To begin, consider the following caricature of American home life:  Mom is in the kitchen, cooking dinner with the TV on in the background.  Dad is in the home office, downloading a new firewall program to his desktop PC to try out on the home network.  The teenage kids are upstairs in their rooms, supposedly doing homework on their PCs, but actually instant-messaging with friends while listening to MP3s downloaded off the net.  Individuals of differing ages, genders, and social roles, with very different tastes in media and attitudes towards computers, enclosed within but distributed throughout their house, doing their own things.  What would it mean to develop technology for this family, as opposed to simply these different (albeit related) individuals?  How might it get adopted, and for what reasons, serving what needs?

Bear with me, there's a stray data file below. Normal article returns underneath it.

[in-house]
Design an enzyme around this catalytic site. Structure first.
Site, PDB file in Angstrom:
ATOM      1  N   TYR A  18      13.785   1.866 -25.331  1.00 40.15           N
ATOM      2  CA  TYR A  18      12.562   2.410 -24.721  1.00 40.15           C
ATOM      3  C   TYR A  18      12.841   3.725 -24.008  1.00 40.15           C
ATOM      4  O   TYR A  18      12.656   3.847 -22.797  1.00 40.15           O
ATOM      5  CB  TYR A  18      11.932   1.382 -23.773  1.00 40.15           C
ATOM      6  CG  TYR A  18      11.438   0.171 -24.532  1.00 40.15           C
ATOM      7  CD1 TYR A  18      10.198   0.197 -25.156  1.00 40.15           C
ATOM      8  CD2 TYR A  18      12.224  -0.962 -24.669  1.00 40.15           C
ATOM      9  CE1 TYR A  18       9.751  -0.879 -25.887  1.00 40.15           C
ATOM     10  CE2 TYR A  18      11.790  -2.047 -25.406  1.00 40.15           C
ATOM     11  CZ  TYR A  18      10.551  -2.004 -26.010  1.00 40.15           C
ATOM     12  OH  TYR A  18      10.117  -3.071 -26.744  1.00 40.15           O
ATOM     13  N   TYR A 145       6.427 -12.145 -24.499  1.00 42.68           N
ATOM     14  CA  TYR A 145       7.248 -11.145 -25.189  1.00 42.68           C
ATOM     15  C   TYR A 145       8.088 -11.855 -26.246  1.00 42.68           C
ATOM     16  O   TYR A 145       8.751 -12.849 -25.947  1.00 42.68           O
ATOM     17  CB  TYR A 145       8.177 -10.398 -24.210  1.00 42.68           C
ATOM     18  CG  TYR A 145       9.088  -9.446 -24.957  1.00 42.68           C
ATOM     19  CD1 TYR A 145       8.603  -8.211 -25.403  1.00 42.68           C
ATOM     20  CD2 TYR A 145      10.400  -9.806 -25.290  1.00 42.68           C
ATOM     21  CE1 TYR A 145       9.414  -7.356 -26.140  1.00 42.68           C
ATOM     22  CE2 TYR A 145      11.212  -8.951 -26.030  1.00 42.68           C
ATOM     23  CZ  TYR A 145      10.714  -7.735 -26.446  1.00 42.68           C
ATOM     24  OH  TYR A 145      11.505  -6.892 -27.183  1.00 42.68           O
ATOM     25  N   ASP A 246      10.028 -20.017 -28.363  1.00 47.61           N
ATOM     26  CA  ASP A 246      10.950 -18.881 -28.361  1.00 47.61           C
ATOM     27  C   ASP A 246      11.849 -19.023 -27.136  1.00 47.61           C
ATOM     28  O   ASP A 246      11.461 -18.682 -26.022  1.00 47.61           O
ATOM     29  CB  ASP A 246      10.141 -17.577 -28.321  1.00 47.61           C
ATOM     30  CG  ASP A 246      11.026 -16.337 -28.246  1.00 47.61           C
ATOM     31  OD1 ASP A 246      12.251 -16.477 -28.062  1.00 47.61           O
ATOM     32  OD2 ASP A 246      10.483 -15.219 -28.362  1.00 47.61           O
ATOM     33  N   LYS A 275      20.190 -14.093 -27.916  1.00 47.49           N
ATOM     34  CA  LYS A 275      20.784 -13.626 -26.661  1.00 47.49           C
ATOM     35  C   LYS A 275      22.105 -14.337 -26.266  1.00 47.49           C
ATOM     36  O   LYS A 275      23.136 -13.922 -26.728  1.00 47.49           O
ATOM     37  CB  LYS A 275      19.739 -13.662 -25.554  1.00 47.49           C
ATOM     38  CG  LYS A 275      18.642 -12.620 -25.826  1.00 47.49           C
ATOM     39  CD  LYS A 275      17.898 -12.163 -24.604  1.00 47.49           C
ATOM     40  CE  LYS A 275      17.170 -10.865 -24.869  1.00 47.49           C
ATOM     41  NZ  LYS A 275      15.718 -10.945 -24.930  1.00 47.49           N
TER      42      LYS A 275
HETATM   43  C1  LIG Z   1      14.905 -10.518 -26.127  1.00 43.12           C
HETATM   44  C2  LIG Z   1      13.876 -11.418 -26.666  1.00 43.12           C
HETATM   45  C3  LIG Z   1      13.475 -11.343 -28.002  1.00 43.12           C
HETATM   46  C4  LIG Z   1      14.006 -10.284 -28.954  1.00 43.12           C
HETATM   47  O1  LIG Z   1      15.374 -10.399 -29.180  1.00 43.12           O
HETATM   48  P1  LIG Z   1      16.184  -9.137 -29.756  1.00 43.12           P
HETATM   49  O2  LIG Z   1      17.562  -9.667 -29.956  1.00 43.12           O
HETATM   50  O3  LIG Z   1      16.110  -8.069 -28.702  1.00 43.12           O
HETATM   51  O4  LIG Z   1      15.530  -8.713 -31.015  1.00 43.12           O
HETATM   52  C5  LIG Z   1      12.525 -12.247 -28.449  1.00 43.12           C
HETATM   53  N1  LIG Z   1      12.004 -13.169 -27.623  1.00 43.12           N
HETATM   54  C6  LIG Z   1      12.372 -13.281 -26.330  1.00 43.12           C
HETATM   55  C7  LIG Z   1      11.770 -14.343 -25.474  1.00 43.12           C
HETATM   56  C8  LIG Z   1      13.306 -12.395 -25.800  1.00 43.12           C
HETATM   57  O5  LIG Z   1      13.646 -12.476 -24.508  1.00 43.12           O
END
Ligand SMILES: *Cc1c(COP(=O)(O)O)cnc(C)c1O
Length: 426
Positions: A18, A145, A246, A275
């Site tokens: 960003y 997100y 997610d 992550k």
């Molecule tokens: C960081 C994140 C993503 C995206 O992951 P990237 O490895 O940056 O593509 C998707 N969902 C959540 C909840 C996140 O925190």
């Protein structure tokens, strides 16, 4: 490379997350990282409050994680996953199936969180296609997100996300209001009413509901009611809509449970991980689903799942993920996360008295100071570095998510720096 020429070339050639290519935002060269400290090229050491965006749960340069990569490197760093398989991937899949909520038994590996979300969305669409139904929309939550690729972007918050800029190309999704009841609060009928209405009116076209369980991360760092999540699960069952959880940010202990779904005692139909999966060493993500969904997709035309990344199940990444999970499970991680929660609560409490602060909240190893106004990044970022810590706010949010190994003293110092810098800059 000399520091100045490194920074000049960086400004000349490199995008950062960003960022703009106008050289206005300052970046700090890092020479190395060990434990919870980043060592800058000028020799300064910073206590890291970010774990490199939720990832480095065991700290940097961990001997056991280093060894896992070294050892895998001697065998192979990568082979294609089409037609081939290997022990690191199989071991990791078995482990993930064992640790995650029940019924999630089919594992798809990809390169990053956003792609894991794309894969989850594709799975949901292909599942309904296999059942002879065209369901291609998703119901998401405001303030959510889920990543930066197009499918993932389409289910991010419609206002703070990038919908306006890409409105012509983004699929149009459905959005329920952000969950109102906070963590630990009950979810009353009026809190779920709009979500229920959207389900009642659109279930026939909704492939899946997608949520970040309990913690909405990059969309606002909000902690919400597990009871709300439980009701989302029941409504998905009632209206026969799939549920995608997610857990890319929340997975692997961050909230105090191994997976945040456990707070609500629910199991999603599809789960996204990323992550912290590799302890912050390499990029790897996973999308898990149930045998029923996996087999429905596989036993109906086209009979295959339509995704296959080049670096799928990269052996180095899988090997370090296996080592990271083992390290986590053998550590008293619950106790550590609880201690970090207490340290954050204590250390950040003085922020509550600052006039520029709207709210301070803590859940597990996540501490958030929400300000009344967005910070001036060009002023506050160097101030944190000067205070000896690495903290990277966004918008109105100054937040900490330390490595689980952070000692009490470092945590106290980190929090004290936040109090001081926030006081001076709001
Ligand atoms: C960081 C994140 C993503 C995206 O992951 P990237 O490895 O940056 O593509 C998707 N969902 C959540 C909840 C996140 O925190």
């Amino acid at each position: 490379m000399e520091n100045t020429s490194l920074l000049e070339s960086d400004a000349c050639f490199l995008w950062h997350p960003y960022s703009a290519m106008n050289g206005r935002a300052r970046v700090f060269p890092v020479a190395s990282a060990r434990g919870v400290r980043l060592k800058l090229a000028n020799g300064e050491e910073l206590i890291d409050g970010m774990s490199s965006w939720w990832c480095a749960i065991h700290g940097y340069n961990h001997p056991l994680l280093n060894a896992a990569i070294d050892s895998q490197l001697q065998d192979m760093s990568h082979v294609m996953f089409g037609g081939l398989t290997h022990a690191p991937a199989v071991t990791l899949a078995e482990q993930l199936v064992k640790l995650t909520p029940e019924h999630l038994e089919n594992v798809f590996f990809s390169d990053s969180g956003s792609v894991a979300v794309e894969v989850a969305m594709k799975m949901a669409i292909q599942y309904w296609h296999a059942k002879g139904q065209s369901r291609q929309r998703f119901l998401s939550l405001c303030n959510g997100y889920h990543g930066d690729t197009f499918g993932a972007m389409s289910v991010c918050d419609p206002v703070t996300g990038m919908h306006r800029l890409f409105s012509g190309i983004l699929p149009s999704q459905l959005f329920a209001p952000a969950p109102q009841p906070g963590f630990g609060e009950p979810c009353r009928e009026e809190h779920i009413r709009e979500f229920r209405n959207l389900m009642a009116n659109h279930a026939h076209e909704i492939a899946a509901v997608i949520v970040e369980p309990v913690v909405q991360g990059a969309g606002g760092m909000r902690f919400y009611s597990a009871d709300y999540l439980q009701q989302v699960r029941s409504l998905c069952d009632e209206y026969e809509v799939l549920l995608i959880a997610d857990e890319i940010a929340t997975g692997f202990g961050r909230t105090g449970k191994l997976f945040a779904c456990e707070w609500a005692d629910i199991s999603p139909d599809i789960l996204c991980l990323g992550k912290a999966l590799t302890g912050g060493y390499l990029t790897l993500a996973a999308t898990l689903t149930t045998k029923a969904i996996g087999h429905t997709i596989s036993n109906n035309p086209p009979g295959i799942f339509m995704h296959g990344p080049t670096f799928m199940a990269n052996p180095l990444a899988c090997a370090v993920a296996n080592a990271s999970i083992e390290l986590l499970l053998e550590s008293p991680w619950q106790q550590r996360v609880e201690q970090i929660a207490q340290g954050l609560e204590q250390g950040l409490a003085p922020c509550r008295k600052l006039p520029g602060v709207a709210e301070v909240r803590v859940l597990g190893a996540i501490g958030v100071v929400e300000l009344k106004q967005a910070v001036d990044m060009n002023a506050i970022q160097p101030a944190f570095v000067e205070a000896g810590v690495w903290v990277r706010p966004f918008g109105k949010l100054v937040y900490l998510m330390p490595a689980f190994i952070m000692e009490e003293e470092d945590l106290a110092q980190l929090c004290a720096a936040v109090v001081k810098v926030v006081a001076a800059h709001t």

It could be objected that this family scenario promotes in a number of gender, age, and other stereotypes, and at best oversimplifies a complex situation, starting with its depiction of a “traditional,” married-with-children, relatively affluent American family.  This is a reasonable objection, and the scenario is guilty as charged.  Even staying within the U.S., there are a very wide variety of types of households, living arrangements, and patterns of technology use across age, gender, and other demographic variables.  According to the 2000 census, traditional families -- married couples with one or more children under 18 -- make up only 23.5% of U.S. households.  Non-traditional, extended, and dispersed families are increasingly important, and as are opportunities for technologies that can address their needs for managing and maintaining interpersonal relationships at a distance (such as that addressed by the Casablanca project at Interval Research Corporation; see Hindus et al., 2001).